USA — Charley Fitch, a retired District Ranger on the Shasta-Trinity National Forest in northern California, wrote an editorial that appeared in the December 7 electronic edition of the Redding Searchlight. In addition to saying they need to do more logging in order to reduce the fuels, he had this to say, in part, about direct attack and night shifts:
Two of the more apparent tactics that are now rarely used on anything but the smallest of fires are aggressive direct attack and night shifts. Both of these tactics were used extensively in the past to contain fires quickly and with greatly minimized acreage. In place of these two tactics, you are more likely to find almost no suppression activities at night. Once the fire activity laid down in the cooler night air, the crews could use direct attack and contain fires with much less risk. This tactic is probably the most effective for containing wildfires. Now without the use of night shifts for active fire suppression, this tactic is lost. Further, without night shifts the fire lines constructed during the day are as good as abandoned each evening.
The second tactic involved aggressive direct attack on the fire. Though often modified to include a mix of direct attack and near direct attack, it is greatly different from what is now happening. The current situation in the Big Bar Ranger District is to back off a mile or more away from the fire and use a combination of allowing the fire to burn to the fire line (like a highway or river) and burning out or back-burning from that fire line. Instead of a few hundred acres, we now have fires that are 100,000 acres in size. The real travesty is that most of the acreage burned was not burned by wildfire but rather by the back-burning.
As a result of the safety issue, the Forest Service hierarchy has determined that fighting fire on steep slopes is too dangerous and is to be avoided or banned altogether. The results can especially be seen on the Big Bar Ranger District. This area has always been known for the steep slopes. But until this latest enlightenment by present Forest Service suppression forces, it was never considered unsafe to allow people to work on the slopes.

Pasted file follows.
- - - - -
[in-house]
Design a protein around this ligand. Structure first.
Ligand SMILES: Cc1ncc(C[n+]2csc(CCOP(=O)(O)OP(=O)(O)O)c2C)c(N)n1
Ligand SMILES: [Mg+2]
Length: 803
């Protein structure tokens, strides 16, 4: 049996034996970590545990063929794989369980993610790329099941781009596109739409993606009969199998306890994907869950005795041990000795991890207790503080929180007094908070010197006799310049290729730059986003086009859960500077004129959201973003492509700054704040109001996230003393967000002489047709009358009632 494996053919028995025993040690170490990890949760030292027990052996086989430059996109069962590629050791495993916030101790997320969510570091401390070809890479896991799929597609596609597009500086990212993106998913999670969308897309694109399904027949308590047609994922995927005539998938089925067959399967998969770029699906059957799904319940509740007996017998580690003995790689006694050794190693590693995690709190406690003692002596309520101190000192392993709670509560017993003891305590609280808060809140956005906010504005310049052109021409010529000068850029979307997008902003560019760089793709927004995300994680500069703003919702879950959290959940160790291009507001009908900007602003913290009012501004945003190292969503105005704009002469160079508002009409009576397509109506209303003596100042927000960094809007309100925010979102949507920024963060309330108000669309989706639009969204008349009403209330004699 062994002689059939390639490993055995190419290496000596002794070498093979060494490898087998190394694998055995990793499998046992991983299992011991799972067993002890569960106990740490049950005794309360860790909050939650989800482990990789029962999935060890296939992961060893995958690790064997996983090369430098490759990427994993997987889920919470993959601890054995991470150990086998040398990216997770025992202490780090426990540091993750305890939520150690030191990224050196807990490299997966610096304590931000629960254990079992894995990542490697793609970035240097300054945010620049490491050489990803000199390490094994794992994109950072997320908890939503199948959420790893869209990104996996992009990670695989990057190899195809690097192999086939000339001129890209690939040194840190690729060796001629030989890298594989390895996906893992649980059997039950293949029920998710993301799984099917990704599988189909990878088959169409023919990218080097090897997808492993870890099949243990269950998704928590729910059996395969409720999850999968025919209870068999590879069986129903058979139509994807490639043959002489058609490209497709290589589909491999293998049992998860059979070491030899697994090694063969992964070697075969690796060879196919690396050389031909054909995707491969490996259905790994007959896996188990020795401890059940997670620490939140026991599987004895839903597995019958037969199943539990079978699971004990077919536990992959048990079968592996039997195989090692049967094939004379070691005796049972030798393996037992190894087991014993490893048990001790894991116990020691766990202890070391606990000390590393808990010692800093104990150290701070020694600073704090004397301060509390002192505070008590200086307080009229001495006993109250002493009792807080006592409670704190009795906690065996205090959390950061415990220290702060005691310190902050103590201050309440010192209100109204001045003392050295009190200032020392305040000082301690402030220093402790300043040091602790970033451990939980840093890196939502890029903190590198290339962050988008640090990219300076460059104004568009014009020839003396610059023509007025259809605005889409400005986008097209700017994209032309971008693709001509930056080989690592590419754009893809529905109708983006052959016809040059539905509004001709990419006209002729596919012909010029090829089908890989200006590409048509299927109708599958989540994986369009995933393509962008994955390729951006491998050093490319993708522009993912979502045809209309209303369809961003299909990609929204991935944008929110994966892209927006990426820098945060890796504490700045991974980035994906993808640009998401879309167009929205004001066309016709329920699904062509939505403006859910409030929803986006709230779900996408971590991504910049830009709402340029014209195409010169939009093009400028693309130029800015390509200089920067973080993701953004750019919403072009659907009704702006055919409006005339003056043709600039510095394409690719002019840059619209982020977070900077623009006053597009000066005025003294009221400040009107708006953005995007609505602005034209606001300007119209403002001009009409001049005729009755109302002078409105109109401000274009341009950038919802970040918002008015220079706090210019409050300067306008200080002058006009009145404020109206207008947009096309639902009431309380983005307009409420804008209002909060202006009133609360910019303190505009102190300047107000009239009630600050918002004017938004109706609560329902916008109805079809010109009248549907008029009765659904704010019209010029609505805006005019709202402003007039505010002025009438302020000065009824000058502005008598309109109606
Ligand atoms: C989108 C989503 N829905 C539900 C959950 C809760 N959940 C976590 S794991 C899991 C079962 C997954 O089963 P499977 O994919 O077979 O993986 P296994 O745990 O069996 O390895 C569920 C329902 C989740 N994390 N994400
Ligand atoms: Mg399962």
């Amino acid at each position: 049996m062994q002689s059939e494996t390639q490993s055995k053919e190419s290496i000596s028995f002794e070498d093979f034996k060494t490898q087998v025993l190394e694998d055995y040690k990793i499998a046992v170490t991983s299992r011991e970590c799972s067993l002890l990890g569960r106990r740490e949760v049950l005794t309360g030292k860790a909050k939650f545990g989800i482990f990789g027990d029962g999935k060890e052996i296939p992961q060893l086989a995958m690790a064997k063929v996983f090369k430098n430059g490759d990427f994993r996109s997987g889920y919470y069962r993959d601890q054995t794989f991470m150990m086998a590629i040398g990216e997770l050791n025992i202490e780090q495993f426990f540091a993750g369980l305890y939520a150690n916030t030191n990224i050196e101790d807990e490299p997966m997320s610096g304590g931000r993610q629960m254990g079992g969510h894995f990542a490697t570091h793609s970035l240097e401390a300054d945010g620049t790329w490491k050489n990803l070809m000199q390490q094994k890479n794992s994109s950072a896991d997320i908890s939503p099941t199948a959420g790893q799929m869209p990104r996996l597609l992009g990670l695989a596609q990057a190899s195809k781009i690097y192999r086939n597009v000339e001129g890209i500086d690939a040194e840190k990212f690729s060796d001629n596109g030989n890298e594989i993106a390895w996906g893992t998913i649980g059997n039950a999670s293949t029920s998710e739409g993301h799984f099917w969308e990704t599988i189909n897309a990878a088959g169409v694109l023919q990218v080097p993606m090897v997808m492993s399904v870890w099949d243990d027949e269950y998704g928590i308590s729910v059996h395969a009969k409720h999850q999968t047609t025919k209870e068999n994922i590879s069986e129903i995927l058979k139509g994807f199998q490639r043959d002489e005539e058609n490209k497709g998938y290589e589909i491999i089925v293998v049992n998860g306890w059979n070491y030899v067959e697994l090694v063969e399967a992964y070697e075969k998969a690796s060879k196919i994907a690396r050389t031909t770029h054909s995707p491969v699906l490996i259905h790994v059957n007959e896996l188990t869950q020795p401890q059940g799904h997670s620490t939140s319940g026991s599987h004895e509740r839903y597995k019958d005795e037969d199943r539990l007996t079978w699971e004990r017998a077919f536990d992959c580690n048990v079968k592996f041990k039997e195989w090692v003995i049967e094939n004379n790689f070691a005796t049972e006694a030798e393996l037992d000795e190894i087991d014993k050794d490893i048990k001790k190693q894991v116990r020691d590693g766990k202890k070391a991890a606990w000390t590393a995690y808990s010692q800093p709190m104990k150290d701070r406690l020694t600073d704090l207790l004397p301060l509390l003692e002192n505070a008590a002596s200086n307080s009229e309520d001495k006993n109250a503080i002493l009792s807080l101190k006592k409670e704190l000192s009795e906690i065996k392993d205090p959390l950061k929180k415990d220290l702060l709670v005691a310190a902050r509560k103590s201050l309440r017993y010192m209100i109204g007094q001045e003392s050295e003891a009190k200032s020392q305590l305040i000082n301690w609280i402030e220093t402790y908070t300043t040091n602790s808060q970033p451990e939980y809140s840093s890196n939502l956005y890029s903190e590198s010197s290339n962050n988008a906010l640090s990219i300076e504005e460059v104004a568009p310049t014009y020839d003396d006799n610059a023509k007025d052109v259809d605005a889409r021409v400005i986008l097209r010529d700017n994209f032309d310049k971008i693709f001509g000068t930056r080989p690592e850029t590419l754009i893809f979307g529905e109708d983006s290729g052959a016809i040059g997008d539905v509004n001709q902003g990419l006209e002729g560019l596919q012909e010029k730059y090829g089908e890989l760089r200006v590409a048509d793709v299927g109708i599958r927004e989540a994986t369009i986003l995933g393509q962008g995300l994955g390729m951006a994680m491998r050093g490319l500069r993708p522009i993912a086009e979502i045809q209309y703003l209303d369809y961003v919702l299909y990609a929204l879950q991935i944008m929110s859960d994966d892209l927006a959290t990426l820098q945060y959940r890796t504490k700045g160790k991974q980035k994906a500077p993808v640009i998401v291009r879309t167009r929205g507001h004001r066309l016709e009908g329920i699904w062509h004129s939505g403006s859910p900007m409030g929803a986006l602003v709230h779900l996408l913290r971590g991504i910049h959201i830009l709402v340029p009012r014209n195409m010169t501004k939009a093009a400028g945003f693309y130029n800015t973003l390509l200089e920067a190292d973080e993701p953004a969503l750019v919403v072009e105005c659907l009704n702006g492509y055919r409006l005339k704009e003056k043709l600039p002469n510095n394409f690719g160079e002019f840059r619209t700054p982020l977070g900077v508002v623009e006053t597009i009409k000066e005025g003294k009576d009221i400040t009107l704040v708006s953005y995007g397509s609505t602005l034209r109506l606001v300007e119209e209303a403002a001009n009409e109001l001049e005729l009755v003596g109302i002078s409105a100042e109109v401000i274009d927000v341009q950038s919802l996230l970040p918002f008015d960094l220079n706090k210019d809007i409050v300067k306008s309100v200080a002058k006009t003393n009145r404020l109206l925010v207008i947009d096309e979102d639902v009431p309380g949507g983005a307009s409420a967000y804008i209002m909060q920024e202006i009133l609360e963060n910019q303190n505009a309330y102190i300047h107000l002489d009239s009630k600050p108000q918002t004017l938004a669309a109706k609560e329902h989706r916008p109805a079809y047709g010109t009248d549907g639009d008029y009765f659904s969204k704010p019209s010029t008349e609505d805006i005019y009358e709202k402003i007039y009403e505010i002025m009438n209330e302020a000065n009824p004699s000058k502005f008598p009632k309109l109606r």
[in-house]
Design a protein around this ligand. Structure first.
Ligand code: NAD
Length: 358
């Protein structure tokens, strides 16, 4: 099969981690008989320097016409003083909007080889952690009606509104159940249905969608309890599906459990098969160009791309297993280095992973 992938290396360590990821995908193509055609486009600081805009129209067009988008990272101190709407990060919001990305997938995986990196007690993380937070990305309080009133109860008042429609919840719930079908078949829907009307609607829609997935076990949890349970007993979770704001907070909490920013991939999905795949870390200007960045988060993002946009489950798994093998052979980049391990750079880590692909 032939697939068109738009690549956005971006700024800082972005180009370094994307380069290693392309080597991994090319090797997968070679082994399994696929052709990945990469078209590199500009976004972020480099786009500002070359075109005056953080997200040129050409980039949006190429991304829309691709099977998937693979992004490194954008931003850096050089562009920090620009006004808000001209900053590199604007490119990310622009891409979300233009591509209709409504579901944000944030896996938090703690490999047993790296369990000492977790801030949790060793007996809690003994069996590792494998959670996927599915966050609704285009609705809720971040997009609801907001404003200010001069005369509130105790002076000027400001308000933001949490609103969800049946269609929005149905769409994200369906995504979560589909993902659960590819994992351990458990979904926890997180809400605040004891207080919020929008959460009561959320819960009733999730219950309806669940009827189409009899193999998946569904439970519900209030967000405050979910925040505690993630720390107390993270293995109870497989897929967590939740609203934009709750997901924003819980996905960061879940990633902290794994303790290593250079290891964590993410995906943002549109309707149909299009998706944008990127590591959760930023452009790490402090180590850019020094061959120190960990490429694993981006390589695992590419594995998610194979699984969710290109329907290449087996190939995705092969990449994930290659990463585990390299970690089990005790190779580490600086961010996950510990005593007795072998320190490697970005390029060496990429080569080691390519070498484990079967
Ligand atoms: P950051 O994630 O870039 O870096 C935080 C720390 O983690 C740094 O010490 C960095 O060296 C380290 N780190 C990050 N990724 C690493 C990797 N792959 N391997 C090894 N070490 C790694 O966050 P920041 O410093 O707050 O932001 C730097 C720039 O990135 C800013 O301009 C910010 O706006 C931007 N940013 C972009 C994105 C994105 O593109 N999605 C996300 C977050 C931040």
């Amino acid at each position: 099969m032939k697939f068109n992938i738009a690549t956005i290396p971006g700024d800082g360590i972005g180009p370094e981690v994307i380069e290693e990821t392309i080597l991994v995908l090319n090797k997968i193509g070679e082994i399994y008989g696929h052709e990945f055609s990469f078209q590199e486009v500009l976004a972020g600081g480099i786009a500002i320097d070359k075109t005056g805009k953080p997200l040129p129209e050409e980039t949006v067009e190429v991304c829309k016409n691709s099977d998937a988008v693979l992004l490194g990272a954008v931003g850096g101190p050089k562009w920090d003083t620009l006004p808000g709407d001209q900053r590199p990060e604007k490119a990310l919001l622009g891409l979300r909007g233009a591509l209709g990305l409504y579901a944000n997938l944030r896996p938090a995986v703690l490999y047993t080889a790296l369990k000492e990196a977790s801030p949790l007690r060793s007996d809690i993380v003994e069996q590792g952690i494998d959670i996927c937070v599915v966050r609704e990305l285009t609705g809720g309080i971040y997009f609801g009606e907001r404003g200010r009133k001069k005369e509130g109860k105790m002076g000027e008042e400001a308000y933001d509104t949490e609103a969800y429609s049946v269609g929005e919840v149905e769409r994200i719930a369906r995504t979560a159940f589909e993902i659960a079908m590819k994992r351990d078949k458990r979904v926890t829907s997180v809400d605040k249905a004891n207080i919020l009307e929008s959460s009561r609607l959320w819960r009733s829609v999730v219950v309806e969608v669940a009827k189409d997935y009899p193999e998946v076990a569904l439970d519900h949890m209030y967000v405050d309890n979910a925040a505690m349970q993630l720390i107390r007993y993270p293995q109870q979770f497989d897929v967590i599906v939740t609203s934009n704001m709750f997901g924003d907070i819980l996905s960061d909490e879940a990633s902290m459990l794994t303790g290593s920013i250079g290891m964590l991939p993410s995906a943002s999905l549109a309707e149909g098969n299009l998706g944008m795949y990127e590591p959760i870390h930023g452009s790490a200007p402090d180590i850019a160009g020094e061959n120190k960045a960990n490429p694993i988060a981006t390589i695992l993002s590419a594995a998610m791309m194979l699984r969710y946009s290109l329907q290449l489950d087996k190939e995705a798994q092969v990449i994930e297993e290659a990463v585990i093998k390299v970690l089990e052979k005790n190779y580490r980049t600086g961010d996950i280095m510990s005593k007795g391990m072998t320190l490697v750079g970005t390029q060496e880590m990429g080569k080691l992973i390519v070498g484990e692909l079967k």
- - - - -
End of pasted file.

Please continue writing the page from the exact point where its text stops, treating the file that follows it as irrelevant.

Another issue, mentioned only in the editorial, is the impact of the fires on public health. Where fires used to last days or maybe a week, they now are measured in months. Recent fires have lasted from 70 to 115 days. The local communities were exposed day after day to extremely unhealthy air. A comparison to the recent fire season can be found in 1987, where the circumstances were similar to 2008. The 1987 fires lasted a total of 37 days (which included the first two weeks with no forces available to combat the fires) and covered 27,000 acres. The difference can be found in the tactics used to suppress these fires. In a 2006 letter to the Record Searchlight, Forest Supervisor Sharon Heywood wrote, “We do not let the fire burn’ on this forest.” That is undoubtedly true. However, the Forest Service is actually prolonging the fires by failing to actively suppress them and is increasing the size and duration of the fires by using such indirect tactics.
It appears that the Forest Service has lost its ability to fight fires. Not only is the Forest Service in this situation, but so are the other federal agencies that have joined in these new safe suppression tactics. It seems that very soon the Forest Service and other federal agencies will need to decide if they are going to fight fire at all. Or will they just admit that they can no longer safely fight any fires and get out of the business? As a retired Forest Service employee, I would hope that the Forest Service and other federal agencies would review their present positions and return to a more conventional style of fire suppression. It can be done safely.
Mr. Fitch has a point about the less aggressive tactics that are now being used. But this began before 1999.
I was on a fire on that district, the Big Bar district, during the Siege of ’87, a lightning bust similar to the Siege of ’08 this year. After having “grown up” on hot shot crews, I was frustrated as Planning Section Chief to to have to write into the incident action plans the timid tactics and lack of direct attack that were dictated by the incident commander. I knew that hot shot crews could be putting in direct line, but instead we watched the fire grow each day with little being done to stop the spread.
We had been managing our fire with a thrown-together organization, since with hundreds of fires burning simultaneously there were no incident management teams available. Finally the fire merged with a larger fire on an adjoining forest and the Type 1 team from the other fire took over the fire. The Type 1 team employed more aggressive tactics, going direct when possible and safe, and before you knew it the fire was contained.